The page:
The House of Hawthorne
by Erica Robuck
Why did you choose this book? the cover drew me in
When did you read this book? May 2015
Who should read this book? lovers of classic literature
Source: Penguin First To Read
Here is a synopsis of The House of Hawthorne from Penguin First To Read
The House of Hawthorne explores the tension within a famous marriage of two soulful, strong-willed people, each devoted to the other but also driven by a powerful need to explore the far reaches of their creative impulses.
From Erika Robuck, bestselling author of Hemingway’s Girl, comes a brilliant new novel about a literary couple. The unlikely marriage between Nathaniel Hawthorne, the celebrated novelist, and Sophia Peabody, the invalid artist, was a true union of passion and intellect.…
Beset by crippling headaches from a young age and endowed with a talent for drawing, Sophia is discouraged by her well-known New England family from pursuing a woman’s traditional roles. But from their first meeting, Nathaniel and Sophia begin an intense romantic relationship that despite many setbacks leads to their marriage. Together, they will cross continents, raise children, and experience all the beauty and tragedy of an exceptional partnership. Sophia’s vivid journals and her masterful paintings kindle a fire in Nathaniel, inspiring his writing. But their children’s needs and the death of loved ones steal Sophia’s energy and time for her art, fueling in her a perennial tug-of-war between fulfilling her domestic duties and pursuing her own desires.
Spanning the years from the 1830s to the Civil War, and moving from Massachusetts to England, Portugal, and Italy, The House of Hawthorne explores the tension within a famous marriage of two soulful, strong-willed people, each devoted to the other but also driven by a powerful need to explore the far reaches of their creative impulses. It is the story of a forgotten woman in history, who inspired one of the greatest writers of American literature…
I saw this one was available through the First To Read program and the cover really drew me in. Just look at that cover! It leads me right into wanting to know more about these people and why the woman on the cover is watching the man walk away!
Even though I love the cover, the book didn’t really live up to my expectations. It took me a LONG time to get into the story. The writing is actually beautiful and very detailed, and to me, it felt much like I was reading a classic. And that is one of the problems. I don’t usually enjoy classics! (Though ironically, I did enjoy The Scarlet Letter, authored by the subject of the novel, Nathaniel Hawthorne!) After trudging through about a third of the book, I did get to the point that I felt the story flowed, and I liked it enough to continue reading. Like all good historical fiction, this book caused me to take frequent ‘Google breaks’ to learn more about what I was reading!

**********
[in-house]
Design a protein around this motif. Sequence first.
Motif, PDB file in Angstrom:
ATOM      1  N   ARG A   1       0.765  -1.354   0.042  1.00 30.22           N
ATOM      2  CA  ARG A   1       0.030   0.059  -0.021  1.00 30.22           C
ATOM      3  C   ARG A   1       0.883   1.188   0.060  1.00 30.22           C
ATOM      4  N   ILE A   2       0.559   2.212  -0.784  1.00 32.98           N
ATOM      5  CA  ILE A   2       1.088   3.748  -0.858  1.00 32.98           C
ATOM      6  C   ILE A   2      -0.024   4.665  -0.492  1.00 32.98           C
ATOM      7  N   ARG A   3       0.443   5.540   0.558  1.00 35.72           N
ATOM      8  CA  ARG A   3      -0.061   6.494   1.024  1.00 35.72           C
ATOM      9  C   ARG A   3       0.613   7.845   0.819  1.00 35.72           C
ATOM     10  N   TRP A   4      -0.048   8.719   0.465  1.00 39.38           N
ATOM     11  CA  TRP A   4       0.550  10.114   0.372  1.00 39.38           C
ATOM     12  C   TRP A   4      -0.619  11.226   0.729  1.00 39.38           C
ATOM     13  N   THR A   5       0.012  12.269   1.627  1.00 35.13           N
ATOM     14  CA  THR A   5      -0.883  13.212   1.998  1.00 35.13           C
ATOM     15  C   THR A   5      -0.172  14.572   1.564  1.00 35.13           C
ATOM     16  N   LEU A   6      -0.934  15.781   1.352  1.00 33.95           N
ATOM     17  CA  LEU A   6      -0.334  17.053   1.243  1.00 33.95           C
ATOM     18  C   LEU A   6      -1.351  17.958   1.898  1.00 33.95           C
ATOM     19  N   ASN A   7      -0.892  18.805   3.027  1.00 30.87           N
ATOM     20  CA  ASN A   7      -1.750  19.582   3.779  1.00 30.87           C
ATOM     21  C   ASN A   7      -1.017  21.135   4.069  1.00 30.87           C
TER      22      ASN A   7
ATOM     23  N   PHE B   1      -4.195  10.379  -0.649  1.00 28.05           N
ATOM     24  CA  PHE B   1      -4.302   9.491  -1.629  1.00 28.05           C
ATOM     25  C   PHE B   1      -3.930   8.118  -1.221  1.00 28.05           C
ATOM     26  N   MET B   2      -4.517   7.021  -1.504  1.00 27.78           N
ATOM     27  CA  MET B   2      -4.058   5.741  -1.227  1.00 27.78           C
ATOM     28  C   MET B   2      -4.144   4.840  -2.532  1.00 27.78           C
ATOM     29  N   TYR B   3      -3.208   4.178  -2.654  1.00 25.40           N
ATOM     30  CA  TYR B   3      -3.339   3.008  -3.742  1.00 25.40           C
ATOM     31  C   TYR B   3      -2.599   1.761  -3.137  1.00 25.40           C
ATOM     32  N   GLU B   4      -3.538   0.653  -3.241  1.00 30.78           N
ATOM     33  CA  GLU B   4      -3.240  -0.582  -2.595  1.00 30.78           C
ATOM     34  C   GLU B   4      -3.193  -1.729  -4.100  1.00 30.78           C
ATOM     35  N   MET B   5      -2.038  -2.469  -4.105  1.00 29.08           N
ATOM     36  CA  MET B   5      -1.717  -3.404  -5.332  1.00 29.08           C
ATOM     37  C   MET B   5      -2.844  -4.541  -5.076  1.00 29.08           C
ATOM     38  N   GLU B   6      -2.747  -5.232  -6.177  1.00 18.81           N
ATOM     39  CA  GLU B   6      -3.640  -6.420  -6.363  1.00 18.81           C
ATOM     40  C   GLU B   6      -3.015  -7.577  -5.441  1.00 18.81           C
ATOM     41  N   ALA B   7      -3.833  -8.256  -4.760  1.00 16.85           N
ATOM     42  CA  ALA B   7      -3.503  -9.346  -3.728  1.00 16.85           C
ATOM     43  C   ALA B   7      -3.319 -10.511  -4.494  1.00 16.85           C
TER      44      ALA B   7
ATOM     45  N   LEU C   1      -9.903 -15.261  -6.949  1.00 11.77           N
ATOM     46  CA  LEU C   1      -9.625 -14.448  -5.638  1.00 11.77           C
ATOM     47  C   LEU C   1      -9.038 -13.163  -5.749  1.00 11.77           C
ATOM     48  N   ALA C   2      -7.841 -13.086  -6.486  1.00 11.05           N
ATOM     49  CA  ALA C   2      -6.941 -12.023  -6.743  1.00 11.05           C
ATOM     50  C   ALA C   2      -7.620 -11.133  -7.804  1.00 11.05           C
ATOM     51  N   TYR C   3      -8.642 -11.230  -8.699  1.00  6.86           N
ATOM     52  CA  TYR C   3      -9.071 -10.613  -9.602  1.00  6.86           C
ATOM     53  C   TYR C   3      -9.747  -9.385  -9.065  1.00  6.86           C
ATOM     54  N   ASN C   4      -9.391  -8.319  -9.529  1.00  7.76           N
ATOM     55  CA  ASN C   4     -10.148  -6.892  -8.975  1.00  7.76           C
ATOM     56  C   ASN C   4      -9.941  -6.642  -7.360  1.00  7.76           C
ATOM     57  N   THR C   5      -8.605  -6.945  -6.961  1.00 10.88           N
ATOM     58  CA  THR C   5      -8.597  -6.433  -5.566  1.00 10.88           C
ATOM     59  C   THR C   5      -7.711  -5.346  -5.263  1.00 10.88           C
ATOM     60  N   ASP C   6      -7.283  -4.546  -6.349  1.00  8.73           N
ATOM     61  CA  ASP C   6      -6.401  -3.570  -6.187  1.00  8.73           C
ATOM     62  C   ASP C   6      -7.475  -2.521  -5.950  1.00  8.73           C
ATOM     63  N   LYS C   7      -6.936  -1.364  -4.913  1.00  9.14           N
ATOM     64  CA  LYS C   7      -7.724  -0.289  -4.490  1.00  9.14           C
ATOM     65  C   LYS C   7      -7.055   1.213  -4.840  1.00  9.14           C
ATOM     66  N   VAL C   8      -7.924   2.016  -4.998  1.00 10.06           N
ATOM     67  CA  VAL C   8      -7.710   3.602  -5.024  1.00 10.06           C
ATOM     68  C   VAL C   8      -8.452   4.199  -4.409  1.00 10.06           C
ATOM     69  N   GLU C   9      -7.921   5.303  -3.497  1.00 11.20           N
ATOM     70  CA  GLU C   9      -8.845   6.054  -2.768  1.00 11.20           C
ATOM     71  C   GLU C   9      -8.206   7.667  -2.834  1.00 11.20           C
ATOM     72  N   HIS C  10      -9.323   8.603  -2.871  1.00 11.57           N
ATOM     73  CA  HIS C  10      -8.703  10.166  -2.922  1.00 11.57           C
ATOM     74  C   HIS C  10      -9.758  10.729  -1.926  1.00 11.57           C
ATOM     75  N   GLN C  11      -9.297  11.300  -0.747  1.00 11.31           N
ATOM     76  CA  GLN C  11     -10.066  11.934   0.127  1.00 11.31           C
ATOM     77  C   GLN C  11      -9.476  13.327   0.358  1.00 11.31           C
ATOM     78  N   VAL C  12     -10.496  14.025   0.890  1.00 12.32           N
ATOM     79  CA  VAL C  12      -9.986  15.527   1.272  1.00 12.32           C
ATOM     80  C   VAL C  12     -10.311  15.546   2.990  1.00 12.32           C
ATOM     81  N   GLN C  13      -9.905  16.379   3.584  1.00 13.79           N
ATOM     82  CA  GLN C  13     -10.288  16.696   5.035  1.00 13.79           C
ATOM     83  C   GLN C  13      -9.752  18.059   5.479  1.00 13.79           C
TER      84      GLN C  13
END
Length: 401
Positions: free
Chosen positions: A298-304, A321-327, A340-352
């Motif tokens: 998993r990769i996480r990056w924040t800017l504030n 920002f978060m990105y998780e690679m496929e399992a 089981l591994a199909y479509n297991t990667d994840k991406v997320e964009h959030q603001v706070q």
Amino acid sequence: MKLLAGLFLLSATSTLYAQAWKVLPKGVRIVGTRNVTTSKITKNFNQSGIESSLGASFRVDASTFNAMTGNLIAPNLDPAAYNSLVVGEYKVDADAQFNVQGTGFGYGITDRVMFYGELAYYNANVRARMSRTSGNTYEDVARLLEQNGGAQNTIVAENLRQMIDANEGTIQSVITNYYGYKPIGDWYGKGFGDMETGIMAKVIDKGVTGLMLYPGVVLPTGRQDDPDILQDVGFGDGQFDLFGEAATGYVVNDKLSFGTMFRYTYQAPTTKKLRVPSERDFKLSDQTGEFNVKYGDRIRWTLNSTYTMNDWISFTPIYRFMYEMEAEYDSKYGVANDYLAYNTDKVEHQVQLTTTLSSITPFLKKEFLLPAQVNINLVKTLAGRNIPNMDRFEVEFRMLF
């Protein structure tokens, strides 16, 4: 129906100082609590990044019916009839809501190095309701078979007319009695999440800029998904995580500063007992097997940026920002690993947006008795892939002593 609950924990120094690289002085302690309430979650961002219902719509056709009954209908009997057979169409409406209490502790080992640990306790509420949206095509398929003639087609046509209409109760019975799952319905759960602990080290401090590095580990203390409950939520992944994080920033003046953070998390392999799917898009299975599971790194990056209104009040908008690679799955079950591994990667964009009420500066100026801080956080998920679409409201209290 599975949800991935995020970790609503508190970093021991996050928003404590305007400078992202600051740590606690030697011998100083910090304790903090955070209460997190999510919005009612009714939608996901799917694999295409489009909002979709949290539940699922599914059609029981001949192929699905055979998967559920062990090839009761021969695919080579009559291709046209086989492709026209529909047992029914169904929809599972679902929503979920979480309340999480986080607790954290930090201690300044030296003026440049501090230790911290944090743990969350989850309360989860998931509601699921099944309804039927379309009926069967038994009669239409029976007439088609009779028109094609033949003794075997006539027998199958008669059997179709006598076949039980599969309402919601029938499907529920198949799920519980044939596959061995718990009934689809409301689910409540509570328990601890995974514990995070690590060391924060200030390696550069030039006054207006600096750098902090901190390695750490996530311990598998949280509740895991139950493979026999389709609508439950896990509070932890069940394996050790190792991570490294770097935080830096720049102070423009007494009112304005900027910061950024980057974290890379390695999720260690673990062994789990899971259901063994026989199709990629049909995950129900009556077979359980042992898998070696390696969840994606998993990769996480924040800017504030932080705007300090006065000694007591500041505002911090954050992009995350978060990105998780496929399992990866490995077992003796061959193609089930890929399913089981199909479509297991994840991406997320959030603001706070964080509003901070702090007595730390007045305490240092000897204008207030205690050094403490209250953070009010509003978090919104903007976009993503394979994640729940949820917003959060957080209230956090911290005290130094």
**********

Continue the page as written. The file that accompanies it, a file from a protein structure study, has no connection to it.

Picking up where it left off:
The book tells the story of the marriage of Nathaniel Hawthorne and Sophia Peabody. In many ways Sophia’s experience parallels the experience of modern women, who often feel pulled between career and family. When Sophia makes the decision to set aside her career for a domestic career as wife and mother, she is taken to task for making that choice, even though she appears to be very happy with the choice.
One thing I really enjoyed about the book was the interaction of other historical characters with the Hawthornes. They ran around with a pretty impressive circle of friends; Ralph Waldo Emerson and Henry David Thoreau to name just two! They would gather with their friends to discuss ideas and to discuss their art, though Nathaniel Hawthorne was more a listener than a talker. It reminded me very much of the Bloomsbury Group salons in Vanessa and Her Sister (which I still need to review!), except that these characters were much more likeable!
Though this will not be a memorable book for me, I did like it, and I learned from it. I think lovers of classic literature will love this book and rate it much higher than I did.
My Rating: ★★★ 3 Stars
I received an advanced review copy of this book through the Penguin First To Read program in return for an honest review.